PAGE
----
Small Nations Show U.S. How Immigration Policies Should Work

By David North on March 2, 2012

All nations, great and small, have immigration policies. Lately it appears that some of the smaller ones could give some lessons to the big one we live in.

The Bahamas, for instance, is, by Caribbean standards, rather prosperous; 50 years ago its unemployed came to the United States to help with the Virginia/West Virginia apple harvest, but now it is receiving temporary foreign workers to do farm and other low-paid work.

But that little nation has its priorities right and has reduced by 2,299 the number of alien work permits issued in 2011 compared to 2010.

The country's Deputy Prime Minister and Minister of Immigration, Brent Symonette, told the nation's parliament recently that it made the reduction from 9,330 in the previous year to 7,091 last year; a cut of almost 25 percent.

"We are not issuing permits to foreigners for jobs Bahamians can do. The Department has tightened its level of scrutiny on work permit applications," he said, according to an article in The Tribune, one of the nation’s leading dailies.

Meanwhile, another small island nation (and another former British colony), New Zealand, is showing how a nation should handle the troublesome problem of inadequate, private, for-profit educational institutions created to participate in what the New Zealand Herald, the nation's largest newspaper, calls "the $2.3 billion-a-year international student market."

Translating from Kiwi money, that’s about $1.9 billion in U.S. dollars, a substantial chunk of change for a nation with a population of about 4.4 million, a country where I spent a delightful year as a Fulbright Scholar, a long time ago.

Bear in mind that America, too, has a number of comparable institutions, some little more than visa mills. About once a year — note that frequency — ICE will actually shut one down, as it did with an outfit calling itself "Tri-Valley University" in Central California.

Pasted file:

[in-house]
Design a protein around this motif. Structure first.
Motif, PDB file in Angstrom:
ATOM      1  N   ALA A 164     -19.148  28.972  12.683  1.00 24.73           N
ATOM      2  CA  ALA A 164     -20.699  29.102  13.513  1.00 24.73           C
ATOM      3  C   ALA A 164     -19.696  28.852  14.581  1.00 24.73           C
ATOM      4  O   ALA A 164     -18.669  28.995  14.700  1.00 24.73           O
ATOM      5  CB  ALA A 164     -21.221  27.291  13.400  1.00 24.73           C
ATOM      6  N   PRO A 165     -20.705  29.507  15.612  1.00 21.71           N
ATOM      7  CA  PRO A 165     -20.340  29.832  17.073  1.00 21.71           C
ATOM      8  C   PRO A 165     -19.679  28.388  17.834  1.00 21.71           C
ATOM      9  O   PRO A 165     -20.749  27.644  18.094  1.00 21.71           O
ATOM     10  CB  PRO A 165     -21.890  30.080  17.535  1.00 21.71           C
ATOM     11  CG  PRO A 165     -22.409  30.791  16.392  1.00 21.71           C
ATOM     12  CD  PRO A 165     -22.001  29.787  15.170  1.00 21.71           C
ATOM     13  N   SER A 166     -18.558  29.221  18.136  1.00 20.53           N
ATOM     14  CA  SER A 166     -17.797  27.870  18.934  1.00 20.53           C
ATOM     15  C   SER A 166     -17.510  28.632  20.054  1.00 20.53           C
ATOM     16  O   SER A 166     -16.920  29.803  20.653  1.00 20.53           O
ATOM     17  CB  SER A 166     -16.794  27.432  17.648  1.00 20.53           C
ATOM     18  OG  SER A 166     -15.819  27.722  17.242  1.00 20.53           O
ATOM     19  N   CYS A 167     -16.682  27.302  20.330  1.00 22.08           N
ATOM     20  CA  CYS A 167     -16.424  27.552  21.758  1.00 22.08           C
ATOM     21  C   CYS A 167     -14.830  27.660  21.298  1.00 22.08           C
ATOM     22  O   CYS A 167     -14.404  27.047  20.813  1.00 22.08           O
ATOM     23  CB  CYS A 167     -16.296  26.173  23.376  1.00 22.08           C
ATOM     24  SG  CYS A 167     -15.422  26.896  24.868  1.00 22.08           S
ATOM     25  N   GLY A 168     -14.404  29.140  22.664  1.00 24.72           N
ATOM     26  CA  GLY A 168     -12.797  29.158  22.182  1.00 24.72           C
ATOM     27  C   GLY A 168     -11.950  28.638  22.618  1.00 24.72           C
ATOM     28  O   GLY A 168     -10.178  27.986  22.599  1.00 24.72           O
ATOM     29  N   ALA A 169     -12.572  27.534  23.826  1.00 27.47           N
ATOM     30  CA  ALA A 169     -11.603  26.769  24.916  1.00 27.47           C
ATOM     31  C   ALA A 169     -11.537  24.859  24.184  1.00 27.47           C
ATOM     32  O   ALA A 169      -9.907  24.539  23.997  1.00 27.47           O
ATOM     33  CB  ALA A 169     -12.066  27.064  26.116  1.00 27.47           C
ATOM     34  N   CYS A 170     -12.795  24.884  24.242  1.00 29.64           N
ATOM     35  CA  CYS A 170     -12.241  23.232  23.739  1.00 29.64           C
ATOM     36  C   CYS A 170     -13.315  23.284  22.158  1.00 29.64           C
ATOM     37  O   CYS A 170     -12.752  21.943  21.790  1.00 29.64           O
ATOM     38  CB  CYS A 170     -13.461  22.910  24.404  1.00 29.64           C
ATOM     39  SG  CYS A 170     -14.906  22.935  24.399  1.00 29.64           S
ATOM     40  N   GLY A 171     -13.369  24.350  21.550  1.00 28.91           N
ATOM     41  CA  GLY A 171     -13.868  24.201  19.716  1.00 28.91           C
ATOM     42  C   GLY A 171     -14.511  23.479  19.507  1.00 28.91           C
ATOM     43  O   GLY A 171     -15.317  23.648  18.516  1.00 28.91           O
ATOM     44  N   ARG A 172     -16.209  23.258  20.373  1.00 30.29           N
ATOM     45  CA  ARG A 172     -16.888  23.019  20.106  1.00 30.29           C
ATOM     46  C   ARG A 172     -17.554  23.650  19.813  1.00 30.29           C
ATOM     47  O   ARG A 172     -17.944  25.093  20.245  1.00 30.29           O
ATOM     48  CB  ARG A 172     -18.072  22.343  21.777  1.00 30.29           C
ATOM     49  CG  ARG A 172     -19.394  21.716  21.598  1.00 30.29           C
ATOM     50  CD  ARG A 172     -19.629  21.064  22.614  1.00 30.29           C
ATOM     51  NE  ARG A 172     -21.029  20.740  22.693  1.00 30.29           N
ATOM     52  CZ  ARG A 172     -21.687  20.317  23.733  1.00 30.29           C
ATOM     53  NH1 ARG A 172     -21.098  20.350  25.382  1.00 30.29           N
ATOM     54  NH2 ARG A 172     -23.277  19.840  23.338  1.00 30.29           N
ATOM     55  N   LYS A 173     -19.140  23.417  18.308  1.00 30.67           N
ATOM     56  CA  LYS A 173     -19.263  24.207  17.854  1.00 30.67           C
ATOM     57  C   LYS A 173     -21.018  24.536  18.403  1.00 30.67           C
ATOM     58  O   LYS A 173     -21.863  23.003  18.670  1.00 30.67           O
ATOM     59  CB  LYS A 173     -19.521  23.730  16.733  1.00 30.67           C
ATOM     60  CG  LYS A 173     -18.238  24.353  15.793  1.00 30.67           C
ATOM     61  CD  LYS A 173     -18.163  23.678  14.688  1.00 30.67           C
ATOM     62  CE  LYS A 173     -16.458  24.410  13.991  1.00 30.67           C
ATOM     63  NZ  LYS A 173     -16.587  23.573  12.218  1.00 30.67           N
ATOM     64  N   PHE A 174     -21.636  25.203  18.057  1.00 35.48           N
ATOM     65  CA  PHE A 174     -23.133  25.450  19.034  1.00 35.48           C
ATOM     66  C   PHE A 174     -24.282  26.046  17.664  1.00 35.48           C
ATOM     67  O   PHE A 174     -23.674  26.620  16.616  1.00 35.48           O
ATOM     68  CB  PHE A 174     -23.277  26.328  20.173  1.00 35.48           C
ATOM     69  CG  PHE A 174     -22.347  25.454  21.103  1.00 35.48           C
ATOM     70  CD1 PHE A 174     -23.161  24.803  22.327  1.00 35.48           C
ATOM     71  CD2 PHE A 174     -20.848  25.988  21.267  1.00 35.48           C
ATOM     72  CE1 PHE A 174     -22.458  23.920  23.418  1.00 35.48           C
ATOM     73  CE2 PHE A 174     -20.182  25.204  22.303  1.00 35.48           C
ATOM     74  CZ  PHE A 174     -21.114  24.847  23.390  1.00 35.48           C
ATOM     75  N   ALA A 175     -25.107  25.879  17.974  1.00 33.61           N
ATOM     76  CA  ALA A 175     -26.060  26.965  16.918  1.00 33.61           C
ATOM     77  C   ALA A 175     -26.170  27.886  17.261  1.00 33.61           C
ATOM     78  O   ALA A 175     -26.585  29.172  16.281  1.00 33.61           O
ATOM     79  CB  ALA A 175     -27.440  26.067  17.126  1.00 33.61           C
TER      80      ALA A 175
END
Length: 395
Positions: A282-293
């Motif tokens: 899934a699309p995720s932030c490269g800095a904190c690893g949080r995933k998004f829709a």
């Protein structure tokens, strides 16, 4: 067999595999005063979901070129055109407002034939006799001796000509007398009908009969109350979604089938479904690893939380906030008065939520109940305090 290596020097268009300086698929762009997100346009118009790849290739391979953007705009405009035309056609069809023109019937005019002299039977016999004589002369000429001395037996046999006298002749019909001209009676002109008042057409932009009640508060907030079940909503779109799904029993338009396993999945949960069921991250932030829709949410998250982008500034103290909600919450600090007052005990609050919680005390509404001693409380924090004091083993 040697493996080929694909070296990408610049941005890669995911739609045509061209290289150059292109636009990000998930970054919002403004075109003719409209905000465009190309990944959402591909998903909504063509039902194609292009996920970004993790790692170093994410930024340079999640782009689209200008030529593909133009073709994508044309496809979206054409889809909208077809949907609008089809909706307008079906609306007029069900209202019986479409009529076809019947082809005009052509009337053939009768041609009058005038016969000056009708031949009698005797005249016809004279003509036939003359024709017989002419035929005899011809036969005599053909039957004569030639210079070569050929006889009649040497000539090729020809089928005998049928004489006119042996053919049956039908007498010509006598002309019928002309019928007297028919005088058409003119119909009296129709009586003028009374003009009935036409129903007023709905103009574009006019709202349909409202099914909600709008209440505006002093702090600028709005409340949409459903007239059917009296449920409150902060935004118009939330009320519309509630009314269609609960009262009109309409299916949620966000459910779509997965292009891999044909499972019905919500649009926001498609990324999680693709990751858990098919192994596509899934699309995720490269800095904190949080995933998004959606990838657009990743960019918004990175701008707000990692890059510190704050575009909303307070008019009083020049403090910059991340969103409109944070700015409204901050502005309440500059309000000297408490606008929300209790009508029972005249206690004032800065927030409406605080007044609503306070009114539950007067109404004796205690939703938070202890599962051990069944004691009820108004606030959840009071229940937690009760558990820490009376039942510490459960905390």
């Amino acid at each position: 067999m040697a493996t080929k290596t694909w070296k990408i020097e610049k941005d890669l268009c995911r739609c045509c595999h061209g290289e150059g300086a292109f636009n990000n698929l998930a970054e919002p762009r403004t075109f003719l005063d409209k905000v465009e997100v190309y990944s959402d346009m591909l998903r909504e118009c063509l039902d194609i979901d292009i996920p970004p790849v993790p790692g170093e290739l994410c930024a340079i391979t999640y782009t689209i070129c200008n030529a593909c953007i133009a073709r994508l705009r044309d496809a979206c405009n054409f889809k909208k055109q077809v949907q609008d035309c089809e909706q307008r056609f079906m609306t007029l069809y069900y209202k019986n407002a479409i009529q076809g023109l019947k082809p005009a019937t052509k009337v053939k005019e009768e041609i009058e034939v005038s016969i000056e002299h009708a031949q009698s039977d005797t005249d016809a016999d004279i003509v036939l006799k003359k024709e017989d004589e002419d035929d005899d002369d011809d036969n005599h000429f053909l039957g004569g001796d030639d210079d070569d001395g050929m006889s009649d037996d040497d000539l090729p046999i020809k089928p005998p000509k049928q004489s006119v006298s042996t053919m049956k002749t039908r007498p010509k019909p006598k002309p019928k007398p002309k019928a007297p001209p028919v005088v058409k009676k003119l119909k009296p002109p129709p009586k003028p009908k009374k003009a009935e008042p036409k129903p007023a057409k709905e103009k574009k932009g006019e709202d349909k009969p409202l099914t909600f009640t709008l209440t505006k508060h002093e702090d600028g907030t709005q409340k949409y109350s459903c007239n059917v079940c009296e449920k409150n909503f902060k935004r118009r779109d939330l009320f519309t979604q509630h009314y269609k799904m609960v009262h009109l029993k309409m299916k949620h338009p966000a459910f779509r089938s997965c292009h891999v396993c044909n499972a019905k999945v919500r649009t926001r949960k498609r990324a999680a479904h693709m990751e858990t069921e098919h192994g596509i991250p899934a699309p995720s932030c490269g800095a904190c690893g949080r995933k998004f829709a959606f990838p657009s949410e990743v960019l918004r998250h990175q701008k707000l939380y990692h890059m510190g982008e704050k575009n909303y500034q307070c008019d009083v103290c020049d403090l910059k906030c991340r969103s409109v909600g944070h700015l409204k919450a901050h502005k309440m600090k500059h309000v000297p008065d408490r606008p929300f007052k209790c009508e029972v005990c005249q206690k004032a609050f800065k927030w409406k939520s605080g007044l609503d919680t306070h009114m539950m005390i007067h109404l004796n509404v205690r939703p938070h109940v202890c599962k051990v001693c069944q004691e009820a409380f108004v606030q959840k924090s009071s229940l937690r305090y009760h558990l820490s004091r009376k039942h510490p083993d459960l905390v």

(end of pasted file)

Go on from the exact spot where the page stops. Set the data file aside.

In contrast to that single intervention — in a nation with 72 times as many people as New Zealand — the New Zealand Qualifications Authority closed down "16 private training establishments (PTEs) in the last two years," according to the Herald.

This New Zealand agency is far more rigorous than our ICE, and it checks on such matters as graduation rates, attendance rates, marking systems, and in at least one case "excessive spells of plagiarism", both to protect the foreign students and to prevent visa abuse.

In the United States, accreditation often is handled by membership associations in the for-profit sector, which tend to be rather tolerant. According to the highly reputable Chronicle of Higher Education, the University of Northern Virginia, an institution raided by ICE last year, but not closed by them, was accredited by a system whose chairman owned and operated an auto repair shop, and used broken English on his telephone answering system.

Maybe ICE and the Department of Education should contract out its enforcement efforts in this area to the New Zealand government.